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Cataract surgery is a common procedure that is often performed in a day surgery, with the patient returning home within several hours of the operation. This article is designed to help you understand what to expect in the hours, days and weeks post-cataract surgery.
Before you leave the day surgery, you will be prescribed eye drops or other medication to prevent infection, reduce inflammation and control eye pressure. You will need to have a family member or friend with you to take you home. Once you get home, it is recommended that you rest your eyes and nap. Several hours post-surgery, most people are able to watch some television or look at a computer screen for a short period of time. Because cataract surgery is only performed on one eye at a time, you may notice an imbalance in your vision until the second eye is operated on (usually 1–4 weeks later).
It is normal for vision to be blurry in the beginning – your eye needs to heal and adjust. Vision will normally begin to improve within a few days of the surgery. It’s also normal for your eye to feel itchy and to experience mild discomfort for a couple of days – your doctor will ask you to wear an eye patch or protective shield at night to ensure you don’t rub your eye while you sleep. This discomfort should disappear after a few days.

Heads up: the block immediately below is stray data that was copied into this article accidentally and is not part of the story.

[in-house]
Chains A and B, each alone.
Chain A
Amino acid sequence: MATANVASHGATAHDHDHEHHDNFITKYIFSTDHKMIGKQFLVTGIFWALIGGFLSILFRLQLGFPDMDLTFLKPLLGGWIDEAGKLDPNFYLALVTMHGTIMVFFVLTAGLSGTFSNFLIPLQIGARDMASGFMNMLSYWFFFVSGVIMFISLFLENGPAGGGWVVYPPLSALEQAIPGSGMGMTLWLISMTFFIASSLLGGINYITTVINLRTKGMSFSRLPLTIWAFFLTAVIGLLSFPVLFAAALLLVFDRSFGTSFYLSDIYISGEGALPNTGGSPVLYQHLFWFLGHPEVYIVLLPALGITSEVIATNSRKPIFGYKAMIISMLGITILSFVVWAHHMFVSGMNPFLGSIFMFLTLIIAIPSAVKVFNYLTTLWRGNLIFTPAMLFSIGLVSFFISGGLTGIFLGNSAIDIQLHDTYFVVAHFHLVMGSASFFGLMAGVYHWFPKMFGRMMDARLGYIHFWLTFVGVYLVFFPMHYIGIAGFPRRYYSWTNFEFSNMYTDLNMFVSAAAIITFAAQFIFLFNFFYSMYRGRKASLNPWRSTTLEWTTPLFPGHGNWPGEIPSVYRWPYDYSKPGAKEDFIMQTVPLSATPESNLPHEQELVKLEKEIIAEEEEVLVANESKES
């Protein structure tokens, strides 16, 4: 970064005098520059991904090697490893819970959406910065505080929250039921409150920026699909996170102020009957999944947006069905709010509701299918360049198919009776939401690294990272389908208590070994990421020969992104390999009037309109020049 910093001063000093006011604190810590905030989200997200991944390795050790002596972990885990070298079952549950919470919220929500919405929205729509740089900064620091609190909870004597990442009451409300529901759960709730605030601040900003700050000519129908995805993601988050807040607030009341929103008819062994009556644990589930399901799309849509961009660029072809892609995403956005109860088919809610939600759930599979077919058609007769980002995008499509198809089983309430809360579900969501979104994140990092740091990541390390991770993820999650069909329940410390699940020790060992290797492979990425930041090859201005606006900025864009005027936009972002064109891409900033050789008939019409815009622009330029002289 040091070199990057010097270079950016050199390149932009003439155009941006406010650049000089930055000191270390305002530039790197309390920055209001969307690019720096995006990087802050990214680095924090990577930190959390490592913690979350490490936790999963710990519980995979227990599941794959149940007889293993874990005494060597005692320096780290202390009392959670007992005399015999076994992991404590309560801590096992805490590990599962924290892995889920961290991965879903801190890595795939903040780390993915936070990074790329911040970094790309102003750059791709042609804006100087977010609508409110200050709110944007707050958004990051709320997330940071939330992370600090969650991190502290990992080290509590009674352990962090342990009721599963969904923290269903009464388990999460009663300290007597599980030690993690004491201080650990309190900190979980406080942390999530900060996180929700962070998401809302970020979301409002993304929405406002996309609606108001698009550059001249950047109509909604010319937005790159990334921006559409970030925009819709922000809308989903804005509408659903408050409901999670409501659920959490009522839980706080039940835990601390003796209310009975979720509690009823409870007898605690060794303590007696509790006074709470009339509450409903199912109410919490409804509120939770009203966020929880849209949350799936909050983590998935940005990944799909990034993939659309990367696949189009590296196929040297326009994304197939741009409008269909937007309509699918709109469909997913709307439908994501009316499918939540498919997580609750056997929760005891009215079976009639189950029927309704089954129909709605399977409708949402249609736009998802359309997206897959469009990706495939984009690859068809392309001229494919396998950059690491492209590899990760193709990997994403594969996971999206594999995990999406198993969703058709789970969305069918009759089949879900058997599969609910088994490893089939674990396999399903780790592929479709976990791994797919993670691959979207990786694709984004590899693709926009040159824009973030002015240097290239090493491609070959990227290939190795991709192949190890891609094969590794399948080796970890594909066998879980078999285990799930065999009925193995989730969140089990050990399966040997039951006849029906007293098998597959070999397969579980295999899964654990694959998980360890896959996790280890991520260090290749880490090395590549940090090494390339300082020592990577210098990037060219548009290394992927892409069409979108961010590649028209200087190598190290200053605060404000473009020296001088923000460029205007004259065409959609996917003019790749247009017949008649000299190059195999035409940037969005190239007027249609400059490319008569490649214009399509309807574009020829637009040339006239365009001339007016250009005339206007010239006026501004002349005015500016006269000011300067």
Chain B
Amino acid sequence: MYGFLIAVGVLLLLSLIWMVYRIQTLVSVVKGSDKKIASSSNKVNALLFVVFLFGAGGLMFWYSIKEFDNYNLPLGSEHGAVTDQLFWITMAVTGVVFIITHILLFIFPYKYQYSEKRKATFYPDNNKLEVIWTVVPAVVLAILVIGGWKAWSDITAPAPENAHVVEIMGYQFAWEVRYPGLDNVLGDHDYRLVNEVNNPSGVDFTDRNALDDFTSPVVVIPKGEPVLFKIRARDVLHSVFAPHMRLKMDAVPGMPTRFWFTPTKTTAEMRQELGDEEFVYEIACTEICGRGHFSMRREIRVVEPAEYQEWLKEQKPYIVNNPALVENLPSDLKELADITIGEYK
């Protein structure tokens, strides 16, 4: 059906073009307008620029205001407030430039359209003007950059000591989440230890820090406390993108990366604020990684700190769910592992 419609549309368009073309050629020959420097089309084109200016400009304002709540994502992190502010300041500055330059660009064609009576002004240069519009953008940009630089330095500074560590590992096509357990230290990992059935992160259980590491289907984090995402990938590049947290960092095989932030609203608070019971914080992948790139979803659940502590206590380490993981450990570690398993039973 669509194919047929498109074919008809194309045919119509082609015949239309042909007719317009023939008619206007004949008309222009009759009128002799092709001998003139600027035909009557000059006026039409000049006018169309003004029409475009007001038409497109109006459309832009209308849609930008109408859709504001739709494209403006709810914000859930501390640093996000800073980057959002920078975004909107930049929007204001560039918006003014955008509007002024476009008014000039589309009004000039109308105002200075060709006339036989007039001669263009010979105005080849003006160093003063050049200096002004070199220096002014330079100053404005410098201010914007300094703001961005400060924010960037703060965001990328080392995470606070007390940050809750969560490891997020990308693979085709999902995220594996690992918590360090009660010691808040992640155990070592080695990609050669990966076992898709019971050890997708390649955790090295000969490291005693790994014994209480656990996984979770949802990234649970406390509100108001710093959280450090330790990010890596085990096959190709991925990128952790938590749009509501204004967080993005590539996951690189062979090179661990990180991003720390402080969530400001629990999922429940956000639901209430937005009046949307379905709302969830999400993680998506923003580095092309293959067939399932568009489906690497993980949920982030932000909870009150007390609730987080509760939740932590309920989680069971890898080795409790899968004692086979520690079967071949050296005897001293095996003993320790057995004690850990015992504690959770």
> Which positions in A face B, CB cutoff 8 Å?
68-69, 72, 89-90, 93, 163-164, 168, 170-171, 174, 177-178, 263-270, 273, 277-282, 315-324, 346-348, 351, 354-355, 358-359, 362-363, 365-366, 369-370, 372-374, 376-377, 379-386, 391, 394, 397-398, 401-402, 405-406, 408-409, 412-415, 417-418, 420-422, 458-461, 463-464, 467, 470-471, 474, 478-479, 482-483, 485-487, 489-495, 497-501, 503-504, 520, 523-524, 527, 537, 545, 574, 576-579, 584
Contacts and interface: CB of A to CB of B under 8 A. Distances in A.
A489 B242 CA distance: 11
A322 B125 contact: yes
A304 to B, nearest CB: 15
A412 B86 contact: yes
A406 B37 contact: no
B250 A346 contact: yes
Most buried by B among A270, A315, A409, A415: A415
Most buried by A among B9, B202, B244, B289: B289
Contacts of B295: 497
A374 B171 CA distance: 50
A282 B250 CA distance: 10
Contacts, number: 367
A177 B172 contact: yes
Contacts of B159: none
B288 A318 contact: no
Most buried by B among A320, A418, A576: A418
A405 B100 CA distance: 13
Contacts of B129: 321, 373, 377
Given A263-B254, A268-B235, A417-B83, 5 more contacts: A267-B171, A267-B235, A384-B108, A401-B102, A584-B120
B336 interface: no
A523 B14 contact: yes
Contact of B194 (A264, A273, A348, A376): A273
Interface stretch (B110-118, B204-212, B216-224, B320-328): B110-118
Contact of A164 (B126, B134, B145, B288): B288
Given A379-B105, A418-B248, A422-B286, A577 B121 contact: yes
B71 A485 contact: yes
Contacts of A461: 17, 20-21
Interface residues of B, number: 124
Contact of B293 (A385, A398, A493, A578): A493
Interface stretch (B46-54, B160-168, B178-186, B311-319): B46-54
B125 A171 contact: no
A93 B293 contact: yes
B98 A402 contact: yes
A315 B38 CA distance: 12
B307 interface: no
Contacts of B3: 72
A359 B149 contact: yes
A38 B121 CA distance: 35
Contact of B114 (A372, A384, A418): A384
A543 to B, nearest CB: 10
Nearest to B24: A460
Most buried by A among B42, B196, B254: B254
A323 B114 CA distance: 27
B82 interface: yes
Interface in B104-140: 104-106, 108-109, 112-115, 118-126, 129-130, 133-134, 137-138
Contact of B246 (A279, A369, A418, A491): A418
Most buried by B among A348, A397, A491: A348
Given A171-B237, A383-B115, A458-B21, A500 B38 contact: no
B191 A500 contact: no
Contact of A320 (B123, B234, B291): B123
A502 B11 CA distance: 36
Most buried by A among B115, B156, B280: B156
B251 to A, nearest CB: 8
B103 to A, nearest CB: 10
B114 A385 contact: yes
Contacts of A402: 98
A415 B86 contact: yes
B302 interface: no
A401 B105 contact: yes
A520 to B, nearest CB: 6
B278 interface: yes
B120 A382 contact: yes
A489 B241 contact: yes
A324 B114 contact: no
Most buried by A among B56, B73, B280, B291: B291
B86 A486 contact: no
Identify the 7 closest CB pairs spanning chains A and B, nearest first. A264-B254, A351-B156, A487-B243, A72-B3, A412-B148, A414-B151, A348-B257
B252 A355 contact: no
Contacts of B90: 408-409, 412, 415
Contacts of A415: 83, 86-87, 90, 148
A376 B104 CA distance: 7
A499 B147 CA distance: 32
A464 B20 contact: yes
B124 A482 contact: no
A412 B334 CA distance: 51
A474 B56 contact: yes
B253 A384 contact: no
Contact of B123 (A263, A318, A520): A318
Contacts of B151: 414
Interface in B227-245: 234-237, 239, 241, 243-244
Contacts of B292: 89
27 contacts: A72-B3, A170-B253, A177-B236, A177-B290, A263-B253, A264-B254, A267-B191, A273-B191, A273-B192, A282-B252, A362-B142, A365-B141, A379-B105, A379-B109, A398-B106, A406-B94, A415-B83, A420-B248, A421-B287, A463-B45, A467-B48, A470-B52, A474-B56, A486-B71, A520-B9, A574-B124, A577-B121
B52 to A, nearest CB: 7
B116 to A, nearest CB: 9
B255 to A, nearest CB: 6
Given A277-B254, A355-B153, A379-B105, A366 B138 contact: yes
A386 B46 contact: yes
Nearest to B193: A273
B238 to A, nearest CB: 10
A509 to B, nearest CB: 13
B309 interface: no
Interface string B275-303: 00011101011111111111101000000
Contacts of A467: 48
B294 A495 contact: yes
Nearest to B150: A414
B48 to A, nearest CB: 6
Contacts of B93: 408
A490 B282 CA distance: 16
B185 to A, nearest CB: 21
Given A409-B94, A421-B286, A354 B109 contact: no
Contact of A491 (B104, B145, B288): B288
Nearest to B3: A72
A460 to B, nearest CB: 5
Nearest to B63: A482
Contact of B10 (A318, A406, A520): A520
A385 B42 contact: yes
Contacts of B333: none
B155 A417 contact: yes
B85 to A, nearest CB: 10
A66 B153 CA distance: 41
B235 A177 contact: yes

While everyone is different, the average experience for the weeks following cataract surgery involves a gradual recovery of the eye. Adjustments in vision will occur for a few months after surgery.
Although most people can resume everyday activities 24 hours after cataract surgery, there are a few instructions that you will be asked to follow. They include:
If you experience any of the following symptoms, please contact your ophthalmologist immediately:
No information here is intended to substitute for advice from a qualified medical practitioner. If you or someone else you know are about to have cataract surgery, make sure you ask your ophthalmologist to outline the best steps for recovery.
For more information about cataracts and cataract surgery, click here.
The information on this page is general in nature. All medical and surgical procedures have potential benefits and risks. Consult your ophthalmologist for specific medical advice.
IMPORTANT: If you are concerned about your eyes and require an urgent consultation, DO NOT use this form. Please call one of our clinics during office hours or contact your nearest emergency department.